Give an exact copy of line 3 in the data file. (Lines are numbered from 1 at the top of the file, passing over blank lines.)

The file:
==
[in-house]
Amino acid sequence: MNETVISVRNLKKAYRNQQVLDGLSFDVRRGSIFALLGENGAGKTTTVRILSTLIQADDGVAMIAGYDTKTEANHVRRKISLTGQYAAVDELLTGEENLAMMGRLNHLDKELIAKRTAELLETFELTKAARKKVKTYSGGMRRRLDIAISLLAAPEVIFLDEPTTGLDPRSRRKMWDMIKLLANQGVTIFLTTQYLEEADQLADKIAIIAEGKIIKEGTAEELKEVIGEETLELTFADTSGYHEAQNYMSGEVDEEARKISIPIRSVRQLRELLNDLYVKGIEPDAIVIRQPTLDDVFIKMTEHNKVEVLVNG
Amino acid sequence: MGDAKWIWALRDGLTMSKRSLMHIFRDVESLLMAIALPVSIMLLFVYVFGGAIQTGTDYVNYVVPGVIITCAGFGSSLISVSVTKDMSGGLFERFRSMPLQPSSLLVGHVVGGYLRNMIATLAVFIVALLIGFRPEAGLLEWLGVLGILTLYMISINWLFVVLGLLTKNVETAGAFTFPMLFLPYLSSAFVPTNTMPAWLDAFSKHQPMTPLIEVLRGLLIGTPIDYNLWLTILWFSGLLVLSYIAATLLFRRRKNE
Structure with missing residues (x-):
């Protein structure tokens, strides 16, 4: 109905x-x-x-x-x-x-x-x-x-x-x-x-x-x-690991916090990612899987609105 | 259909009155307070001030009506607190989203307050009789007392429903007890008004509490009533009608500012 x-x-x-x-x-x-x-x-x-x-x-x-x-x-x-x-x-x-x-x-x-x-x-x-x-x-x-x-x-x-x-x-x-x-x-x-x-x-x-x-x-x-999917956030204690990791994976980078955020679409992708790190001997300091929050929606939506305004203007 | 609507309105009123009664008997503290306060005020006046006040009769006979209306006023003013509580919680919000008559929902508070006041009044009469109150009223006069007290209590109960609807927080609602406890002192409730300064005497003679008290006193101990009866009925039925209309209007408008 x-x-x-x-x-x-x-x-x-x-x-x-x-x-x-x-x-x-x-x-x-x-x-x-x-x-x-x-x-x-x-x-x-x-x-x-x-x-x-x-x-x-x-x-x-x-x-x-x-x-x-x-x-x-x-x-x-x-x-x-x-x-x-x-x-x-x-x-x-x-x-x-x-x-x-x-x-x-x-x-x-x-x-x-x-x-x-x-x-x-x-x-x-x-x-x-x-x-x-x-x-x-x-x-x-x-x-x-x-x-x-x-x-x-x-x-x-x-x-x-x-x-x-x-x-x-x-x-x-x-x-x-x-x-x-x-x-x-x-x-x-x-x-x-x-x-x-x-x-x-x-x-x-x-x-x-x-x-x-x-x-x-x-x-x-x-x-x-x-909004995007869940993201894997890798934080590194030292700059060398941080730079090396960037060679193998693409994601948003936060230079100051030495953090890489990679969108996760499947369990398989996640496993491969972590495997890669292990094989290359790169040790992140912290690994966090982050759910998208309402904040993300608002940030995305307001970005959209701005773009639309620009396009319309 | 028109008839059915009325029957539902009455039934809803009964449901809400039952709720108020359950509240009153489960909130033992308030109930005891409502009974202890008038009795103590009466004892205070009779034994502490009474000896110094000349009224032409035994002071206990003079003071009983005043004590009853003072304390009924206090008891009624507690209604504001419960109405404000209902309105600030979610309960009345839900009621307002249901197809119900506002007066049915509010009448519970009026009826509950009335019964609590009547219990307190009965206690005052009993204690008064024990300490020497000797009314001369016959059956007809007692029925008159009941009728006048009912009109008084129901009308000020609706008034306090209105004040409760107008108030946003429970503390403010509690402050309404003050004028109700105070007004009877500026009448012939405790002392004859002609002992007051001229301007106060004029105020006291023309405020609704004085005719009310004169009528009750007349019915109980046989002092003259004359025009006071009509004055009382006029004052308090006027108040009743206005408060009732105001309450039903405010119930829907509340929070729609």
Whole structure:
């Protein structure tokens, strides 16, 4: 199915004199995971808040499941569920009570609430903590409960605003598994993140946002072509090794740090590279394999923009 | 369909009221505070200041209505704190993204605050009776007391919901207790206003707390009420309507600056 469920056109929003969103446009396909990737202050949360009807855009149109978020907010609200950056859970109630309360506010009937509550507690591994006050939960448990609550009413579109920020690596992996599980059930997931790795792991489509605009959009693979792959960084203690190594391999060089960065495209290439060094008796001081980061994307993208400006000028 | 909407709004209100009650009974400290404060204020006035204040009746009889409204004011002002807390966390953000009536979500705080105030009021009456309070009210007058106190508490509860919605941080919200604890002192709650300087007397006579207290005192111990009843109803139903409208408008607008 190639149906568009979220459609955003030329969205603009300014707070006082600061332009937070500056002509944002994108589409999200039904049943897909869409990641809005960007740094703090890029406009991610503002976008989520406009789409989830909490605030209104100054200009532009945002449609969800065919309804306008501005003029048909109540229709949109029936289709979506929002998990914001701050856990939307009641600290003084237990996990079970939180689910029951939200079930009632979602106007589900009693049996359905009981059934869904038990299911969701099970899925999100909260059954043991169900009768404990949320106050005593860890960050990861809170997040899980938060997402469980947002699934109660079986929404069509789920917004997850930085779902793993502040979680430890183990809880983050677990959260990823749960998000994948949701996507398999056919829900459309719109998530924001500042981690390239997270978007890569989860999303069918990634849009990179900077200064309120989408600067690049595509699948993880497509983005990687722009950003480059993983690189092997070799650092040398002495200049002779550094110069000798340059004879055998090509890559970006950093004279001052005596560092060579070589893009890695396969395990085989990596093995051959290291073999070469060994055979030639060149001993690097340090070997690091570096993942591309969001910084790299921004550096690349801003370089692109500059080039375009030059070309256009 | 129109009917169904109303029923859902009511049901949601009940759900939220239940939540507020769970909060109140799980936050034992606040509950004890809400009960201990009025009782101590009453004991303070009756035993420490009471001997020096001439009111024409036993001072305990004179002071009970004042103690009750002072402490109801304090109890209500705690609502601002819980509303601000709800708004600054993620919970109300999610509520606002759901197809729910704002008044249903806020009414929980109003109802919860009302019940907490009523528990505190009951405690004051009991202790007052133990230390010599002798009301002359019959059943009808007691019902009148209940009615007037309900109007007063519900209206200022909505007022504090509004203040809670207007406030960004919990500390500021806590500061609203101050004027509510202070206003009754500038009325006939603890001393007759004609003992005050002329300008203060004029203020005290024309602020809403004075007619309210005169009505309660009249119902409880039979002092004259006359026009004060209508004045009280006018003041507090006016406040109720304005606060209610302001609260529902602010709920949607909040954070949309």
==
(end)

Amino acid sequence: MGDAKWIWALRDGLTMSKRSLMHIFRDVESLLMAIALPVSIMLLFVYVFGGAIQTGTDYVNYVVPGVIITCAGFGSSLISVSVTKDMSGGLFERFRSMPLQPSSLLVGHVVGGYLRNMIATLAVFIVALLIGFRPEAGLLEWLGVLGILTLYMISINWLFVVLGLLTKNVETAGAFTFPMLFLPYLSSAFVPTNTMPAWLDAFSKHQPMTPLIEVLRGLLIGTPIDYNLWLTILWFSGLLVLSYIAATLLFRRRKNE